Document Type

Article

Date

2001

Embargo Period

2-24-2012

Keywords

ICTs, Information and communication technologies, information-intensive industries

Disciplines

Library and Information Science

Description/Abstract

Information and communication technologies (ICTs) are reshaping many industries, often by reshaping how information is shared. Information intensive industries, by their nature, show the greatest impacts due to ICTs that enable information sharing and the bypassing of traditional information intermediaries. However, while the effects and uses of ICT are often associated with organizations (and industries), their use occurs at the individual level. In other words, it is changes to individual work related to the use of ICTs that reshape both organization and industry structures, and vice versa. To explore the relationships between individual uses of ICT and changes to organization and industry structures, we examined the residential real estate industry. Real estate is a revelatory industry for the study of ICT uses because it is information-intensive and realtors are information intermediaries between buyers and sellers. As agents, buyers and sellers increase their uses of ICT, they also change how they approach their daily work. We use structuration theory to provide an analytic perspective within this setting. Data reveal historical structures of this industry guiding the day-to-day work of agents, buyers and sellers. Many of these structures are embodied in a set of explicit contracts that reify existing structures and legitimize realtors’ actions. However, the increasing uses of ICT are simultaneously altering industry structures by subverting some of the realtors’ control over information while also reinforcing the existing contract-based structures. This structurational perspective and our findings help to explain why information intermediaries persist when technology-based perspectives would suggest their disappearance.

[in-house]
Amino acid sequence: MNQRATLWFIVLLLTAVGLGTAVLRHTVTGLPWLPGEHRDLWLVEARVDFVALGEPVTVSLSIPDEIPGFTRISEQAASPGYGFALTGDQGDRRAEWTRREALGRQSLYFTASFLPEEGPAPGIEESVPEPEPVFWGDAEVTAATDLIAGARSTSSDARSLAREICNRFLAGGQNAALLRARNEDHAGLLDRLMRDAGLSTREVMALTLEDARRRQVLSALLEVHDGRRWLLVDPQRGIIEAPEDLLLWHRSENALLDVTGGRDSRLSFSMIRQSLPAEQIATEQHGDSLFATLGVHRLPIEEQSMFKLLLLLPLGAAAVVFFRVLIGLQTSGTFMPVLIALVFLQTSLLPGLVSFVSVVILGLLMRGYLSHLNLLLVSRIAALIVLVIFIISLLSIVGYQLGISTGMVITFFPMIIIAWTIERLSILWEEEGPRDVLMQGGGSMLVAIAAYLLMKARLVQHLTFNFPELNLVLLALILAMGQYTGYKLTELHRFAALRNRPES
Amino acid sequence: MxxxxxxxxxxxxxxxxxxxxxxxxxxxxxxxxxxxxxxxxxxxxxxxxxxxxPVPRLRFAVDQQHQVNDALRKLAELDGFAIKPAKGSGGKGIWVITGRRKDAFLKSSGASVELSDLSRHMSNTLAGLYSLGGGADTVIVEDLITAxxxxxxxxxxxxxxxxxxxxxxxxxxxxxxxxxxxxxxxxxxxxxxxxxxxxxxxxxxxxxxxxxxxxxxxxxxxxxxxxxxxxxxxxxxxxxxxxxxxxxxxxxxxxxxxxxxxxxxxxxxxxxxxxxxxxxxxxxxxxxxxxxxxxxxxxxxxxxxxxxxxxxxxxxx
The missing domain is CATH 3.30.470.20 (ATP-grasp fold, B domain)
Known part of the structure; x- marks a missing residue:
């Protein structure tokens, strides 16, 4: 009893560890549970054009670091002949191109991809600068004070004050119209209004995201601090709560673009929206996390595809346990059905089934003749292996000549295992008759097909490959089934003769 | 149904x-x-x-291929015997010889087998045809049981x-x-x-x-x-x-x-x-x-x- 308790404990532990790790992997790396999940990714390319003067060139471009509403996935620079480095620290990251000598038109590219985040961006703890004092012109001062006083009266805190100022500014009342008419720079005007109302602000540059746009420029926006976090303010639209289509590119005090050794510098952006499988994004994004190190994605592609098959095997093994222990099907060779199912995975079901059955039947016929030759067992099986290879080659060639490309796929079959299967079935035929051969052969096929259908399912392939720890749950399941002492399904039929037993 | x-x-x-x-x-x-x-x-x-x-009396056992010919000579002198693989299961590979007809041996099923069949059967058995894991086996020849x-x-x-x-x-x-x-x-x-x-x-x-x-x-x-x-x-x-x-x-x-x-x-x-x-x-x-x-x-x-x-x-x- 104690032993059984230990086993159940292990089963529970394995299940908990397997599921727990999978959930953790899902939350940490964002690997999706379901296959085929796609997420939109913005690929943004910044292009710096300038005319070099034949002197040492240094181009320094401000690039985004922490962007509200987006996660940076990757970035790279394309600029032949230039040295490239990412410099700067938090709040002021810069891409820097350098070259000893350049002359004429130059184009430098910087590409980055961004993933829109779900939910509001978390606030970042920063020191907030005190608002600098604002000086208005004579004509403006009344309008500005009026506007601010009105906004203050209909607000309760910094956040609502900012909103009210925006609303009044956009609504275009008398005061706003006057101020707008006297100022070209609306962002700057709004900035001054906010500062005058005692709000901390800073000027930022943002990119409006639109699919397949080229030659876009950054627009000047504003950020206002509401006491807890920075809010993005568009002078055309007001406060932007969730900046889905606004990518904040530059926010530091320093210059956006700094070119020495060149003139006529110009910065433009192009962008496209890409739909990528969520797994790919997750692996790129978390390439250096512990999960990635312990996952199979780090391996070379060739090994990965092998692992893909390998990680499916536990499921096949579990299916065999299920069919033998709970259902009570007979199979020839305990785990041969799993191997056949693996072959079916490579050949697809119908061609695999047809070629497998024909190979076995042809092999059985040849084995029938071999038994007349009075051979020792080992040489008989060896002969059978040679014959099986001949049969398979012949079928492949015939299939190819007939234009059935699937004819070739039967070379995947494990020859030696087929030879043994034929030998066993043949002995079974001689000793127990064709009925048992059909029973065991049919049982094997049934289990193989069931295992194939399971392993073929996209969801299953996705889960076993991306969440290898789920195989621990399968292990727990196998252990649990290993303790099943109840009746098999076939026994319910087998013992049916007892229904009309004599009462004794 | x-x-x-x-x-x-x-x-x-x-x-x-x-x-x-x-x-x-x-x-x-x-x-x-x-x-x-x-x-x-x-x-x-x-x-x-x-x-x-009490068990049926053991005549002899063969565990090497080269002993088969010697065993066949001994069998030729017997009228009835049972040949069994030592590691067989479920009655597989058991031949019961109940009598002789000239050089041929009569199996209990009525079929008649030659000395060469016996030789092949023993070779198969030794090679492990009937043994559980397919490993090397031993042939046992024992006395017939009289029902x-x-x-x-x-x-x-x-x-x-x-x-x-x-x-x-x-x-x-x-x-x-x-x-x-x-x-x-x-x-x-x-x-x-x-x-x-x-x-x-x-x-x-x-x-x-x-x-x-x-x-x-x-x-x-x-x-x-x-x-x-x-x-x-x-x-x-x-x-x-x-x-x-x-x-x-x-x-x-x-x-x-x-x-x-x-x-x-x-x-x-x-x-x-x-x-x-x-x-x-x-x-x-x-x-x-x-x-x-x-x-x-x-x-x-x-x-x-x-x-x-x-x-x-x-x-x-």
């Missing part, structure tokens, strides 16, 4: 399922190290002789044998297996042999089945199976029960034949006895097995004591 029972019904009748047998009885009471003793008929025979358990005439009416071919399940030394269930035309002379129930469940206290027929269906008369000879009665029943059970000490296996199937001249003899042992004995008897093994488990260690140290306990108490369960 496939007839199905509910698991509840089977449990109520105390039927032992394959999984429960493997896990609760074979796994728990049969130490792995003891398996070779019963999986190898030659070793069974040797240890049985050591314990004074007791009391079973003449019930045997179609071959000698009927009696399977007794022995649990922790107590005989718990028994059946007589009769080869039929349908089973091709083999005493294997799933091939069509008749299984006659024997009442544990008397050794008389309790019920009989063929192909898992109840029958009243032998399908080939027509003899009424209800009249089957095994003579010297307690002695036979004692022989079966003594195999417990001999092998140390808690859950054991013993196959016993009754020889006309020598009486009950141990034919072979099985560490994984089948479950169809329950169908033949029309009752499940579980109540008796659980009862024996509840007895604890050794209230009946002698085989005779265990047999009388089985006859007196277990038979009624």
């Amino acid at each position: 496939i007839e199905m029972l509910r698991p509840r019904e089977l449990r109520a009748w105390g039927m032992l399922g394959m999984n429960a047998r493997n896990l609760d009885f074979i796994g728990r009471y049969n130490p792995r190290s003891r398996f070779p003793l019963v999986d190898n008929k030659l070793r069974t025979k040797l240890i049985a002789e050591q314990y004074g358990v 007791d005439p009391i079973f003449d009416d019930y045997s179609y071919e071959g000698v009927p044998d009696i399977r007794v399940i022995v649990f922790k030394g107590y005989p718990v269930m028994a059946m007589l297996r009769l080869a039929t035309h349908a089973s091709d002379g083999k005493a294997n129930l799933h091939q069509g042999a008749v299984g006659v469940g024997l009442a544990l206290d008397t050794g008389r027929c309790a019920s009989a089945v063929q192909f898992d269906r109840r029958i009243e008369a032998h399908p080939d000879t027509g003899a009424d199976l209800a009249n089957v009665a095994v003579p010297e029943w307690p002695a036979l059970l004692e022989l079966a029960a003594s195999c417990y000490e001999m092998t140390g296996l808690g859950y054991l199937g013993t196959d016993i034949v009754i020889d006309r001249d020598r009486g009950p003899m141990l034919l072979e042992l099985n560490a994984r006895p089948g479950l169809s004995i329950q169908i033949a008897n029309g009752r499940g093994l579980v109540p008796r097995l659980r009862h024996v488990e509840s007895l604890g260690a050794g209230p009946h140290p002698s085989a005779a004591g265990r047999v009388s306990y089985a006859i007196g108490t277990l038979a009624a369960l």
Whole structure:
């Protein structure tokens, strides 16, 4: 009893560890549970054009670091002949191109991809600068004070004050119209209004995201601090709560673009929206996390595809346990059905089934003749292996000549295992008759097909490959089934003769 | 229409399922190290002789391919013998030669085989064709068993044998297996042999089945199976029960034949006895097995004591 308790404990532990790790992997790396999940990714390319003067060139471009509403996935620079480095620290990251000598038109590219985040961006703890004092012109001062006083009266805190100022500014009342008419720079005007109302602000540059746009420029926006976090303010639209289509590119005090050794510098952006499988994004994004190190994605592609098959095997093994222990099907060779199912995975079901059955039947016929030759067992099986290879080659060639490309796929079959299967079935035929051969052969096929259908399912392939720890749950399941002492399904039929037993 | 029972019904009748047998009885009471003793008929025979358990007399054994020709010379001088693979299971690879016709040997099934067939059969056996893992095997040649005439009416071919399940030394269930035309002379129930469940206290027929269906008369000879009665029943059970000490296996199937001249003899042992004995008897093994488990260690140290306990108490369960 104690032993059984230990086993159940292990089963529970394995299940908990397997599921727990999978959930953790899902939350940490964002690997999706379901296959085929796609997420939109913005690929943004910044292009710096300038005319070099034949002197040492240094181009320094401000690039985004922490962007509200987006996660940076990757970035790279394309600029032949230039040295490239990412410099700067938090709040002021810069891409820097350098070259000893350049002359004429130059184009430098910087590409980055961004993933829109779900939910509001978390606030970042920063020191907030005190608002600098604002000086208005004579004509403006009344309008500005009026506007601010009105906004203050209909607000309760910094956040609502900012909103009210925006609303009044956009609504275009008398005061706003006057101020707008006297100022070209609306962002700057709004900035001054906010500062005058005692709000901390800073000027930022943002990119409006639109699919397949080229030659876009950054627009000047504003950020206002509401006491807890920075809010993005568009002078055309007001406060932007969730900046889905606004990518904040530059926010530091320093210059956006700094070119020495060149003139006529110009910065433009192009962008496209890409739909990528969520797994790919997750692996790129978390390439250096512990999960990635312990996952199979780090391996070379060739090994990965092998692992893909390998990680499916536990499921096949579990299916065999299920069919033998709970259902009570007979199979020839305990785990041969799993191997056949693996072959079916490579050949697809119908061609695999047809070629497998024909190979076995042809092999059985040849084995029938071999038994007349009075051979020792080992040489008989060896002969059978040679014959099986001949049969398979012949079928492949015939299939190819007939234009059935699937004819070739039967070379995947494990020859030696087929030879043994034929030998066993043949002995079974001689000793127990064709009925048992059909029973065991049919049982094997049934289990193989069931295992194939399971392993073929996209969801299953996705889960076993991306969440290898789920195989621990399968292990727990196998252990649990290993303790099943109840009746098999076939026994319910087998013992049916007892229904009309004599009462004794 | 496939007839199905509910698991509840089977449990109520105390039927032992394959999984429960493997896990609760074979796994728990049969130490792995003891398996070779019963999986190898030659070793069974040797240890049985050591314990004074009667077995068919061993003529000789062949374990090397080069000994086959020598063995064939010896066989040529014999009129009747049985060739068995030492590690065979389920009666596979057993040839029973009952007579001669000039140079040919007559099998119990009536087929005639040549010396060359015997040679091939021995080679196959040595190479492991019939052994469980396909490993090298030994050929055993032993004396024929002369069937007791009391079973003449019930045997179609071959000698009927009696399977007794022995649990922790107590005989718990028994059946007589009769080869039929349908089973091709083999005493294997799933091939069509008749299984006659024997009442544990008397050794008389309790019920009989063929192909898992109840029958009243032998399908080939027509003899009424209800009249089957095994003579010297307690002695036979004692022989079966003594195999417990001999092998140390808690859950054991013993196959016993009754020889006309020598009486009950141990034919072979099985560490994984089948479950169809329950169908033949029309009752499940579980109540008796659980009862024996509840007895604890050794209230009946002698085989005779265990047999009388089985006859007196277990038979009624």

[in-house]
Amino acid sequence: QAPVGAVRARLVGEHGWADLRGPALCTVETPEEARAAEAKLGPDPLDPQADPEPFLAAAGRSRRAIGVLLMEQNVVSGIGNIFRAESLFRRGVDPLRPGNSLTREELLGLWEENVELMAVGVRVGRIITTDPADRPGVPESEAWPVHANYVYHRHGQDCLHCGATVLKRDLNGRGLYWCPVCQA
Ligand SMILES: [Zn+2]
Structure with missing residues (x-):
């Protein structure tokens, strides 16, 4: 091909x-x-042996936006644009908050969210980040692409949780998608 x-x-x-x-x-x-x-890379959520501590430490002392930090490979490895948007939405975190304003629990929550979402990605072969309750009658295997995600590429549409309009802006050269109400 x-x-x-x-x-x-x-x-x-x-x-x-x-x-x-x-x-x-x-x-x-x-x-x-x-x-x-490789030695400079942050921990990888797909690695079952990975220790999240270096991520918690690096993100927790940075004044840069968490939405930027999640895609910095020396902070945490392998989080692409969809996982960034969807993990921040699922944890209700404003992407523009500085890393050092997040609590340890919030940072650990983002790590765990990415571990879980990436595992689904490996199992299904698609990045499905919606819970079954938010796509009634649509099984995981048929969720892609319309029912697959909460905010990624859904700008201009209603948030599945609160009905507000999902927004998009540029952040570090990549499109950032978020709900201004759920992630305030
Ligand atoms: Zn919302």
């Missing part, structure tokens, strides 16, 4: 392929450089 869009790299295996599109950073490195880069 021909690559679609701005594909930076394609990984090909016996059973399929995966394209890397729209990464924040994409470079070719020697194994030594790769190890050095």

Creative Commons License

Creative Commons Attribution 3.0 License
This work is licensed under a Creative Commons Attribution 3.0 License.

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